Police suspected that the artists had simply reclaimed the sculpture, but after contacting them it was determined the art had been taken.

Gunter says the sculpture is valued at more than $16,000. If you have any information about what happened to the artwork, call the Chapel Hill Police Department at 968-2760.

July 23rd, 2010

Posted In: sculpture theft

140-year-old statue stolen from convent

http://www.themonitor.com/articles/strong-40145-tip-convent.html

June 23, 2010 8:04 PM Ildefonso Ortiz The Brownsville Herald GOT A TIP? Anyone with information about the theft of the statue is asked to call Brownsville Police Crime Stoppers at (956) 546-8477. BROWNSVILLE —

Two lit candles remain inside an orange brick grotto where the sisters of Incarnate Word kept a 140-year-old statue of the Lady of Lourdes, which mysteriously vanished sometime between Monday night and Tuesday afternoon. The convent’s gardener, Guadalupe Cavazos, reported that the statue was missing from the convent-school on the 200 block of Resaca Boulevard, said Sister Evelyn Morales. “He was watering a small plant near the grotto and found a small rosary on the floor,” she said. “When he looked up, he noticed the statue was missing. It’s almost as if our Blessed Mother was telling him, ‘Hey, look over here: I’m gone.’” Brownsville police are asking the public for any information regarding the statue’s whereabouts or the identity of the burglar, said police spokesman Lt. Orlando Rodriguez. The 2-foot-tall, white-and-blue statue depicts the Virgin Mary looking up to the sky with her hands clasped in prayer and has a reported value of $25,000. It was broken off its metal and cement base inside the grotto, according to the police report. “I don’t know what kind of value this may have to others, but to us this is priceless,” said Sister Vianney Uyeno, who is in charge of the convent.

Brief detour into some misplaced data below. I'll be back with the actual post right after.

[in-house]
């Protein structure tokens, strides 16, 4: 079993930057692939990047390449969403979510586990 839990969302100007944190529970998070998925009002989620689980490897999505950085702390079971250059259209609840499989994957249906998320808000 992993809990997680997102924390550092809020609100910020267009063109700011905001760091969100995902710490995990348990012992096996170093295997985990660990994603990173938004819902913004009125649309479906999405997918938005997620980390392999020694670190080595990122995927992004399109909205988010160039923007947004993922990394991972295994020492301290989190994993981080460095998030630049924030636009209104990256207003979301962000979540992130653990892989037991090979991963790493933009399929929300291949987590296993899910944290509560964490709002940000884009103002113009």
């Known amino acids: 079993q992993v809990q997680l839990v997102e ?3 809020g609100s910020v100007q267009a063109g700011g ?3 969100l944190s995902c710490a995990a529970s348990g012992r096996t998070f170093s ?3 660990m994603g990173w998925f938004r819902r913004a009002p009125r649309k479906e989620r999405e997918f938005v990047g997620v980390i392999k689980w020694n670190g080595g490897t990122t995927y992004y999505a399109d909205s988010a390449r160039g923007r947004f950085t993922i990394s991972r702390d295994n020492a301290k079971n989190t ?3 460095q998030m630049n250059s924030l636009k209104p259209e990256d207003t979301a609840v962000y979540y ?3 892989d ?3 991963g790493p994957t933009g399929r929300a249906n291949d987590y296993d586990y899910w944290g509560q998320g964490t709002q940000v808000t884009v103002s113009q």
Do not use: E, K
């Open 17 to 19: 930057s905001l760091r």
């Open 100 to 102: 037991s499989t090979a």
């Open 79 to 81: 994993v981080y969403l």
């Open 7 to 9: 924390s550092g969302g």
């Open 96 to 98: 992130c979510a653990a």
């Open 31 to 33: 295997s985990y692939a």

The grotto and the statue have been open to the public since 1926, Uyeno said. Many faithful Catholics in the community regularly visit the grotto in the morning to pray. “I sure hope that whoever took it repents and brings it back,” Uyeno said of the statue. “At this point we just want our statue back, no questions asked.” Mother Superior Teresa Solis placed the statue in the grotto, which was built at the order’s old convent on the corner of St. Charles and Eighth streets in 1870. The grotto, which was moved to its current location in 1969, was built using petrified wood from Roma and stones from various European grottos and from the grave of Saint Teresa of Avila, said Uyeno.

June 24th, 2010

Posted In: sculpture theft

Thieves make off with 7ft topless mermaid statue carved from wood
http://www.thisislincolnshire.co.uk/news/Thieves-make-topless-7ft-mermaid-statue-carved-wood/article-2310598-detail/article.html

The half-ton wooden mermaid.
A BUXOM 7ft mermaid weighing almost half a tonne has been stolen from a Lincolnshire artist.